Scottish Social Attitudes Survey 2021/22: Public attitudes on alcohol and tobacco use and weight

A report on the findings from the 2021/22 Scottish Social Attitudes Survey module on public attitudes about where responsibility lies with respect to those with harmful alcohol use, high tobacco use and those living with overweight or obesity.

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Chapter 1: Introduction

Addressing stigma is considered a policy priority for the Scottish Government as it is seen as a barrier to health improvement agendas, including around weight, alcohol use and smoking. It is recognised that stigma comes in many guises, including self-stigmatisation and workforce stigma.

This report presents findings from the 2021/22 Scottish Social Attitudes Survey (SSA) conducted between the 21st of October 2021 and the 27th of March 2022. The aim of the questions for this module within SSA 2021/22 was to explore population level attitudes around stigma towards people with harmful alcohol, high tobacco use and those living with overweight or obesity. The survey also provided an opportunity to compare attitudes over time, with certain similar questions asked in previous years of SSA. The following key questions are addressed:

  • To what extent do people think that the responsibility lies with the individuals themselves or society?
  • Who should be responsible for helping people with these issues?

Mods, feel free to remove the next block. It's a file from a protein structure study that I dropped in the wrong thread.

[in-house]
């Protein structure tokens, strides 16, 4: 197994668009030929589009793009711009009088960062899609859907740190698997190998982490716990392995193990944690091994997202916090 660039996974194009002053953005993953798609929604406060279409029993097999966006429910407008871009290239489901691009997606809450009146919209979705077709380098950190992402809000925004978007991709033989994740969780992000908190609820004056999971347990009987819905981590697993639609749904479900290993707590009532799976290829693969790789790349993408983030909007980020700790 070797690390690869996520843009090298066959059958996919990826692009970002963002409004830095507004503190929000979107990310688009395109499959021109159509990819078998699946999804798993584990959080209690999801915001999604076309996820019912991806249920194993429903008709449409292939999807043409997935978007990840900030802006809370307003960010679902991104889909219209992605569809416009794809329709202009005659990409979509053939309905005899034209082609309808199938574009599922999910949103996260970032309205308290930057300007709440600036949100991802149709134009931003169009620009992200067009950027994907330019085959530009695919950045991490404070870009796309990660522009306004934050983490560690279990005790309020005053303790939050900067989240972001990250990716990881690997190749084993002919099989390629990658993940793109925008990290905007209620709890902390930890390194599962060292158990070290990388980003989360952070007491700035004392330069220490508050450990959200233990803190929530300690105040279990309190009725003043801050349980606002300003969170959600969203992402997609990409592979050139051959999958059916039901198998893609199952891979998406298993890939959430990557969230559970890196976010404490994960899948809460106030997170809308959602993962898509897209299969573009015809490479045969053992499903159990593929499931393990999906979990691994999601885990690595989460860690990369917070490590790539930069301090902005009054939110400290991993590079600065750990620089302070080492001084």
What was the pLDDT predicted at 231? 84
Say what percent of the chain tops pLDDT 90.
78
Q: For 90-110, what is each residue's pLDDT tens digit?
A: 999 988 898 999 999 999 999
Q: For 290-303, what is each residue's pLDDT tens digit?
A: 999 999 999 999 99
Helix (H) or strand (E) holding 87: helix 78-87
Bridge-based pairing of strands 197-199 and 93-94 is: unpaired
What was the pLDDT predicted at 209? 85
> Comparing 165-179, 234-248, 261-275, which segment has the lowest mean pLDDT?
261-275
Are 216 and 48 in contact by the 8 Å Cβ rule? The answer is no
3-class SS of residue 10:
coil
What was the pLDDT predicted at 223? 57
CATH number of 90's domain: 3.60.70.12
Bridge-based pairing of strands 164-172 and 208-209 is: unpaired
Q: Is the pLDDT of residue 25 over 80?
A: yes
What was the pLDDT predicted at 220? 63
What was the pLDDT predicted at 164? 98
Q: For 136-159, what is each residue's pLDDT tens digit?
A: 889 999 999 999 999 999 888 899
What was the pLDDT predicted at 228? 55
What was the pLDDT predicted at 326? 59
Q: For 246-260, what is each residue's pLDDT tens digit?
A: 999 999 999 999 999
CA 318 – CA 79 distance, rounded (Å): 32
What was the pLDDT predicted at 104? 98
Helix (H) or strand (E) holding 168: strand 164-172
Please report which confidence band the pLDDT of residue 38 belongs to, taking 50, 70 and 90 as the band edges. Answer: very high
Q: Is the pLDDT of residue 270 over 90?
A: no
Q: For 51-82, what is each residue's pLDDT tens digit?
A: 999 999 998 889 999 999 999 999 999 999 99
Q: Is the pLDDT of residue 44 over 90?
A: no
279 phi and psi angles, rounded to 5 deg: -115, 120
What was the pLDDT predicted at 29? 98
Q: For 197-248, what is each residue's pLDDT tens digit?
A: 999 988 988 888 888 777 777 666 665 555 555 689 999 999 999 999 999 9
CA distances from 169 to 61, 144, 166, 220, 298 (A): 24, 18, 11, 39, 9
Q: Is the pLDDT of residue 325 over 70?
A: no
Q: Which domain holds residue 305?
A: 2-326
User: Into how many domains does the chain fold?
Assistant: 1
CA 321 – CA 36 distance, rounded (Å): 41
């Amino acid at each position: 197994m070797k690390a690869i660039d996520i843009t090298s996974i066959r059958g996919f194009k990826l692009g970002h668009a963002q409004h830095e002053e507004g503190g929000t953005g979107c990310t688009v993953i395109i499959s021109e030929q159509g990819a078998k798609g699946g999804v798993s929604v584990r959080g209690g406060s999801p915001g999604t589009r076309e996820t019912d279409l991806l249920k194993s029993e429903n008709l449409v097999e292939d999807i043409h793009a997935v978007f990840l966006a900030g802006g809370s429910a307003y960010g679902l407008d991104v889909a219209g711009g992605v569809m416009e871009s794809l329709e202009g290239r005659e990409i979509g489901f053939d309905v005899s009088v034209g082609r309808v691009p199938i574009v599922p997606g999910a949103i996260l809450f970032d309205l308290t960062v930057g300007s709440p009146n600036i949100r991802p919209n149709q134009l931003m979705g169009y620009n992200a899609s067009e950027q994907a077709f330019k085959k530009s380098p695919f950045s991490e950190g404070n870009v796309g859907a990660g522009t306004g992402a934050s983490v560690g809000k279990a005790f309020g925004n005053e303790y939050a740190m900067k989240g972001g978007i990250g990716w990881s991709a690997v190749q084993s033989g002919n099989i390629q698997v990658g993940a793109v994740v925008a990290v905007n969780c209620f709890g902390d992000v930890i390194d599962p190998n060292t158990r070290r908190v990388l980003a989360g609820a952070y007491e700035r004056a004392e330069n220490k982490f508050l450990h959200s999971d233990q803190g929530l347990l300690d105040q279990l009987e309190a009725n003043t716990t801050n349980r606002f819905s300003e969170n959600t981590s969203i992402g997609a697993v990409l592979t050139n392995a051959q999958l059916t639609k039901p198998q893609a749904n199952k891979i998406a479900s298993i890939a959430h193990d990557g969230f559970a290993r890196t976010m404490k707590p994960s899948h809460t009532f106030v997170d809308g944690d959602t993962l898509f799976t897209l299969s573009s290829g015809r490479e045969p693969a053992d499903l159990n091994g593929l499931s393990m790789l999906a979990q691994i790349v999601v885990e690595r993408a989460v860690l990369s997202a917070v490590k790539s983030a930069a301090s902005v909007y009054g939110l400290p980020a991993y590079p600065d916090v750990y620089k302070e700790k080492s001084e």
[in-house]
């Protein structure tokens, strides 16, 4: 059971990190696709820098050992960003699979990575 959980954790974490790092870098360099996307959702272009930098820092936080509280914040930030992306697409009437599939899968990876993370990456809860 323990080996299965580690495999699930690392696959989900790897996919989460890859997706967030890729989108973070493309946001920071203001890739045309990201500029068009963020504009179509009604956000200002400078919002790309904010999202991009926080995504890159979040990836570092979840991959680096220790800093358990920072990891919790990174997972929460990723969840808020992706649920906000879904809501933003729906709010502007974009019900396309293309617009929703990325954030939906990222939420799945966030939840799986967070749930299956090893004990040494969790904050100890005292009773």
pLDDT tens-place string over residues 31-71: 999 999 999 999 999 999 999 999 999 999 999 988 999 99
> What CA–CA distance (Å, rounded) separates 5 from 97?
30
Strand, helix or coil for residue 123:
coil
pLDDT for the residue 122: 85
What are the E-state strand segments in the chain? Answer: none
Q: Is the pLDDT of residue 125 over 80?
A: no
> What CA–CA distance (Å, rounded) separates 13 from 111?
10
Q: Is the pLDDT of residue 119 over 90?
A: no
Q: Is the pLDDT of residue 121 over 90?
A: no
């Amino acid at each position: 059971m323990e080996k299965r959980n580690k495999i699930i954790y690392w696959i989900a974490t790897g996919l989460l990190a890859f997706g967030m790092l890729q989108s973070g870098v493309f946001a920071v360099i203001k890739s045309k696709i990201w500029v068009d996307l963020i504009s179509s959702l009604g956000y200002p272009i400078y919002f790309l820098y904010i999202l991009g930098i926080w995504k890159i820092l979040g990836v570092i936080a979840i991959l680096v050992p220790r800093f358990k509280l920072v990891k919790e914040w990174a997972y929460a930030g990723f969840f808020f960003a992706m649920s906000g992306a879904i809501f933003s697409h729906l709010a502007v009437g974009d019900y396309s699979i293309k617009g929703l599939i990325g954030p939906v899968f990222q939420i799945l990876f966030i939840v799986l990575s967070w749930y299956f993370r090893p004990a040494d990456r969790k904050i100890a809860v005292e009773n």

Policy context

Alcohol use

In 2021, adults in Scotland self-reported consuming on average 11.3 units of alcohol per week which continues the downward trend since 2003.[4] The latest Monitoring and Evaluating Scotland's Alcohol Strategy (MESAS) study using sales data found that in 2021, 9.4 liters of pure alcohol were sold per adult in Scotland, equivalent to 18.1 units per adult per week.[5] Apart from 2020, this is the lowest level seen in Scotland since the time series started in 1994. However, Scotland has consistently had the highest rates of pure alcohol sold per adult compared to England and Wales. However, the gap in volume of pure alcohol sold per adult in the off-trade between Scotland and England and Wales has narrowed substantially since 2013 with sales in England and Wales at 9.0 liters per adult in 2021.[6]

Regularly consuming alcohol over the recommended number of units increases the risk of physical and mental ill-health.[7] In 2021, Scotland had the highest rate of alcohol-specific deaths out of all four UK nations at a rate of 22.4 deaths per 100,000 people, compared to Wales (19.3%) and England (13.9).[8]

Alcohol-related policy in Scotland is aimed at addressing the affordability, availability and attractiveness of alcohol and has included introducing a 50p minimum price per unit of alcohol, banning multi-buy discounts and targeting prevention and early intervention.[9] The Scottish Government has elected to take a public health approach to alcohol by diverting those with problematic alcohol use away from the justice system and into treatment and support services.[10] Removing the stigma attached to problem drug use and harmful drinking in Scotland is a key part of the alcohol and drug strategy and in December 2021, they initiated a campaign to challenge the stigma which too often negatively impacts upon those who use alcohol and drugs. In addition, the Scottish Government has recently published a Stigma Action Plan to address the negative impact that stigma has on people accessing health services across Scotland (Drug Deaths Taskforce response: cross government approach).